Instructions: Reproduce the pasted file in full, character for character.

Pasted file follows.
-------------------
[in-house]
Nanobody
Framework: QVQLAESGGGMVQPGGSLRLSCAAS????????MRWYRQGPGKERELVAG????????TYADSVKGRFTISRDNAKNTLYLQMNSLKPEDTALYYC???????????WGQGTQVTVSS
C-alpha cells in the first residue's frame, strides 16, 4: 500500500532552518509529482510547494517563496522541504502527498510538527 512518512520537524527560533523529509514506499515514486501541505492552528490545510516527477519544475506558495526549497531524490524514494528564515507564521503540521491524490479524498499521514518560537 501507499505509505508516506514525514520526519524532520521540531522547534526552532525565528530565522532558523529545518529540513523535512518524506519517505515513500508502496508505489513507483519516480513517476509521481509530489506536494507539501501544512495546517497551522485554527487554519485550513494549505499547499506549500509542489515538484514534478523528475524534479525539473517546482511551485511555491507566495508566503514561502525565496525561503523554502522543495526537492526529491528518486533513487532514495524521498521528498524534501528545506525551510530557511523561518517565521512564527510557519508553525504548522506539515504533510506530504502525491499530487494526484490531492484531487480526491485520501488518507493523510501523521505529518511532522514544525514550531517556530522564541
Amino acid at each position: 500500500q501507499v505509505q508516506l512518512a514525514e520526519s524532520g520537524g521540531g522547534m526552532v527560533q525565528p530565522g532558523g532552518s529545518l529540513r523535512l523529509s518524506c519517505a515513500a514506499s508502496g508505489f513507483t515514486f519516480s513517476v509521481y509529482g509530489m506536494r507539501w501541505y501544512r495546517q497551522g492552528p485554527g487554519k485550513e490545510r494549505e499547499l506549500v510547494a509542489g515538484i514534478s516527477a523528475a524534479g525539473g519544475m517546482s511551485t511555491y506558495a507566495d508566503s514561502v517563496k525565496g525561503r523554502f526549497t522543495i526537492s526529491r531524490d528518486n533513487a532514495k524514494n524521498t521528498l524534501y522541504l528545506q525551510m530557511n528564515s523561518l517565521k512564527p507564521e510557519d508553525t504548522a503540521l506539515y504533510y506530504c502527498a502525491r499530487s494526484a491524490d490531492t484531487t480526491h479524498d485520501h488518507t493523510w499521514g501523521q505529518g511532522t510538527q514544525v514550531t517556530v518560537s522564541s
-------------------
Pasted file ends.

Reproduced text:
[in-house]
Nanobody
Framework: QVQLAESGGGMVQPGGSLRLSCAAS????????MRWYRQGPGKERELVAG????????TYADSVKGRFTISRDNAKNTLYLQMNSLKPEDTALYYC???????????WGQGTQVTVSS
C-alpha cells in the first residue's frame, strides 16, 4: 500500500532552518509529482510547494517563496522541504502527498510538527 512518512520537524527560533523529509514506499515514486501541505492552528490545510516527477519544475506558495526549497531524490524514494528564515507564521503540521491524490479524498499521514518560537 501507499505509505508516506514525514520526519524532520521540531522547534526552532525565528530565522532558523529545518529540513523535512518524506519517505515513500508502496508505489513507483519516480513517476509521481509530489506536494507539501501544512495546517497551522485554527487554519485550513494549505499547499506549500509542489515538484514534478523528475524534479525539473517546482511551485511555491507566495508566503514561502525565496525561503523554502522543495526537492526529491528518486533513487532514495524521498521528498524534501528545506525551510530557511523561518517565521512564527510557519508553525504548522506539515504533510506530504502525491499530487494526484490531492484531487480526491485520501488518507493523510501523521505529518511532522514544525514550531517556530522564541
Amino acid at each position: 500500500q501507499v505509505q508516506l512518512a514525514e520526519s524532520g520537524g521540531g522547534m526552532v527560533q525565528p530565522g532558523g532552518s529545518l529540513r523535512l523529509s518524506c519517505a515513500a514506499s508502496g508505489f513507483t515514486f519516480s513517476v509521481y509529482g509530489m506536494r507539501w501541505y501544512r495546517q497551522g492552528p485554527g487554519k485550513e490545510r494549505e499547499l506549500v510547494a509542489g515538484i514534478s516527477a523528475a524534479g525539473g519544475m517546482s511551485t511555491y506558495a507566495d508566503s514561502v517563496k525565496g525561503r523554502f526549497t522543495i526537492s526529491r531524490d528518486n533513487a532514495k524514494n524521498t521528498l524534501y522541504l528545506q525551510m530557511n528564515s523561518l517565521k512564527p507564521e510557519d508553525t504548522a503540521l506539515y504533510y506530504c502527498a502525491r499530487s494526484a491524490d490531492t484531487t480526491h479524498d485520501h488518507t493523510w499521514g501523521q505529518g511532522t510538527q514544525v514550531t517556530v518560537s522564541s